Pharyngula

When ever I try to read about “framing” anymore, I start to twitch and suffer from hysterical blindness, which makes it really hard to blog. Fortunately, Greg Laden has a stronger constitution than I do (either that, or anthropologists have access to exotic drugs that help them overcome), so I’ll just send everyone over there to read that. Don’t tell me what it says, though: ir’ll jost teigger the husertical twrches agian ind I’ll hve to fo lie diwn for aquile. Eck. soasr neb vwiffffleop. Gorsnck.

Comments

  1. #1 ConcernedJoe
    May 30, 2007

    I caught this (Standing in the Wings: Bill Moyers interviews Margaret Atwood, author of The Handmaid’s Tale, for his series on Faith and Reason.) in http://redstaterabble.blogspot.com/ and I am sharing my comment. Think it applies in this discussion.

    To me framing and playing nicey nicey when one side is devious, has motives unrelated to seeking the truth, and is dangeously wrong, just plain is getting sickening.

    ____ my two cents re: the Margaret Atwood interview:

    Could that interview be any more vacuous??

    I give up… why cannot intelligent people simply say into the camera: “the need for a sky-daddy is OVER — so grow up people, and care for the only place and life you will ever have!”

    I could go on .. but why bother. Framing to be fair and balanced in the face of bullshit is bullshit. People who should defend what really matters are such wimps.

  2. #2 Christian Burnham
    May 30, 2007

    I completely agreed with PZ’s previous blogs about framing. Then I read some other scienceblog in support of framing and I found that I completely agreed with what the other guy said.

    Basically, I’m easily swayed. I can’t help thinking though that PZ could have just as easily written several blog posts in support of framing and got 95% of his readers to agree with him that it’s the best thing since fried scampi.

    It’s all subjective. If you get something out of it, then use it. If not then don’t. Whatevs. I’m just surprised it’s become such a powder-keg. Big-Endian/Little-Endian all over again.

  3. #3 Arnosium Upinarum
    May 30, 2007

    PZ: remember to concentrate on your breathing and visualize the hideously-constricting F-thing as expanding to fill all of space until it vanishes into a point behind you.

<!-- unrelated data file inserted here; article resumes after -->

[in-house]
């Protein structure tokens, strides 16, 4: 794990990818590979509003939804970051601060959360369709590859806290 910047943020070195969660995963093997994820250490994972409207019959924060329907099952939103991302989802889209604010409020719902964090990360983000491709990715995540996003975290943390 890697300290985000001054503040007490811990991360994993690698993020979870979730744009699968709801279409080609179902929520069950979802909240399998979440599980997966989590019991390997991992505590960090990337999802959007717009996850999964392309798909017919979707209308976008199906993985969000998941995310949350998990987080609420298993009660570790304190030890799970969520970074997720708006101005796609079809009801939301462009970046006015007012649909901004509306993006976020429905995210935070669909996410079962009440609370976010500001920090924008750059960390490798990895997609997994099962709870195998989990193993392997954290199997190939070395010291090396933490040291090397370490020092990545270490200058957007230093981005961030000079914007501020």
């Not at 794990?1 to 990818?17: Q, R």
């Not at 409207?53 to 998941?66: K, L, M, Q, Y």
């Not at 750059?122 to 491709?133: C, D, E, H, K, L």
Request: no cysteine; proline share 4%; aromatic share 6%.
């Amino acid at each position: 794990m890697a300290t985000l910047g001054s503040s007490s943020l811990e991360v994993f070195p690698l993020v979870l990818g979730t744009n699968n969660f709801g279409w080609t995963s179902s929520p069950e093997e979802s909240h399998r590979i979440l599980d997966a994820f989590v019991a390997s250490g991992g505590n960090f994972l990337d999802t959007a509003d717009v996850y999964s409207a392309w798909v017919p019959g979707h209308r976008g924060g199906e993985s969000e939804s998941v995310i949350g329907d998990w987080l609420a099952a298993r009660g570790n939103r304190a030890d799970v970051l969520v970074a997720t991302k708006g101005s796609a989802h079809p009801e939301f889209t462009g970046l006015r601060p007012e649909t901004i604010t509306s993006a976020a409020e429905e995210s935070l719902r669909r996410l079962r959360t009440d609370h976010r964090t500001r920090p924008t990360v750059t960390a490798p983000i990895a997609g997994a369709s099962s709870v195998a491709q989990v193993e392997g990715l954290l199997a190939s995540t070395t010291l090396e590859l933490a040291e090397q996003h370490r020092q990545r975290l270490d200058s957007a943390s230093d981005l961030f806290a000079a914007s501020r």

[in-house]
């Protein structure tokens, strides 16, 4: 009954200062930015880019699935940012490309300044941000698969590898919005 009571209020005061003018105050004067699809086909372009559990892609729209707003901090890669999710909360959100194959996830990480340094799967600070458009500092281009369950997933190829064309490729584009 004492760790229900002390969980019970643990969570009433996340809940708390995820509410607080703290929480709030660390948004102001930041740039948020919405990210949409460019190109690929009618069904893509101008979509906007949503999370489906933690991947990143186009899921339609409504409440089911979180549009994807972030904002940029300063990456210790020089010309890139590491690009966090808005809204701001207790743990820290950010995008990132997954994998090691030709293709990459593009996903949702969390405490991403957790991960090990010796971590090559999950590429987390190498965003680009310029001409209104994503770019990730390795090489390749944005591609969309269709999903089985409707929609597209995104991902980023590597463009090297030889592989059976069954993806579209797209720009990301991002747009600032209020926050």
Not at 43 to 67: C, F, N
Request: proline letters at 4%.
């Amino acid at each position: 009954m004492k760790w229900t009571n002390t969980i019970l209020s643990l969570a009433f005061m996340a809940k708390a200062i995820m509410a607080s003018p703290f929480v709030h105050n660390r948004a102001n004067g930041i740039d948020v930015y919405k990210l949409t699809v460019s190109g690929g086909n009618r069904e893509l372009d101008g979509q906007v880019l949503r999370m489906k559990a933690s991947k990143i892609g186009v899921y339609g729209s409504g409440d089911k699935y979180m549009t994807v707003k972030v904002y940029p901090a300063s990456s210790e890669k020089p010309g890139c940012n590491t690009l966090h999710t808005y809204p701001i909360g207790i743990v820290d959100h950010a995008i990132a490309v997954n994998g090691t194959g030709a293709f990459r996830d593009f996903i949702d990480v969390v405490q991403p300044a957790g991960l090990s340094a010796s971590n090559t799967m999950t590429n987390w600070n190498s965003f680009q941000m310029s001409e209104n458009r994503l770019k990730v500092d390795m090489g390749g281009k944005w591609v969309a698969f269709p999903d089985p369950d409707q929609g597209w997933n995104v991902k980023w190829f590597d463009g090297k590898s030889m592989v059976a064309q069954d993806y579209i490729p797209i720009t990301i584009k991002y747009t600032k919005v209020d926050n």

4. #4 ConcernedJoe
    May 30, 2007

    Christian Burnham naturally you have a point (if it works use it). And marketing and consumer packaging of message works when properly done.

    Just we must not confuse proper marketing, civility, and open-mindedness with compromise of proper and just principles.

    And let’s not forget this: don’t ever enter a fight thinking your opponent will be gentle. Really come to fight or don’t enter the fight. Many have been beaten by smaller, weaker opponents because of underestimation or being gentile. Anti-science, etc. “professional” mouthpieces are dangerous fighters — don’t be fooled by appearances to contrary.

    Win over your audience BUT NEVER accede a point simply to play up your gentle side or win popular vote. Gentle sides shown get abused and misused. Tell it always as it is — don’t say it meanly but say what you really should mean to say. And do not be afraid to call bullshit bullshit.

    PS.. I am not saying pick a fight with poor Aunt Tilly on her deathbed who wants to meet her maker, or your colleague at the office who goes to church just because they go to church. Sometimes in ordinary situations — one should deflect and move on and be gentle without agreeing. Pick your fights wisely and with justice. Normally being an overall prick serves no cause well.

  5. #5 Gork
    May 30, 2007

    Hysterical blindness sounds like a smart move. It should save you from reading a lot of really sorry dreck.

    I had a boss who was superb at hysterical deafness. I tried to find out what the trick was, but my pleas fell on deaf ears. Oh, wait a minute, now I get it. Oops!

  6. #6 Michael Haubrich, FDC
    May 30, 2007

    I think that the way to really grab the public’s attention for Science and make it cool is not to frame but to drink heavily. Science should stay out late at Hollywood Clubs, get too drunk, assault a reporter, run a cockfighting ring, show its crotch, make a sex tape(I think that’s all ready been done) go into re-hab and cry on the Today show.

    And when that is all done, leave re-hab and again, drink heavily. Doing that, Science will be everywhere in the public’s attention.

    A little coke wouldn’t hurt.

  7. #7 heliobates
    May 30, 2007

    ir’ll jost teigger the husertical twrches agian ind I’ll hve to fo lie diwn for aquile.

    Have you been reading Chaucer?

  8. #8 Caledonian
    May 30, 2007

    Christian Burnham naturally you have a point (if it works use it).

    Christian Burnham is by his own admission too weak-minded to reach a conclusion through reason or hold on to a conclusion he’s reached through any means.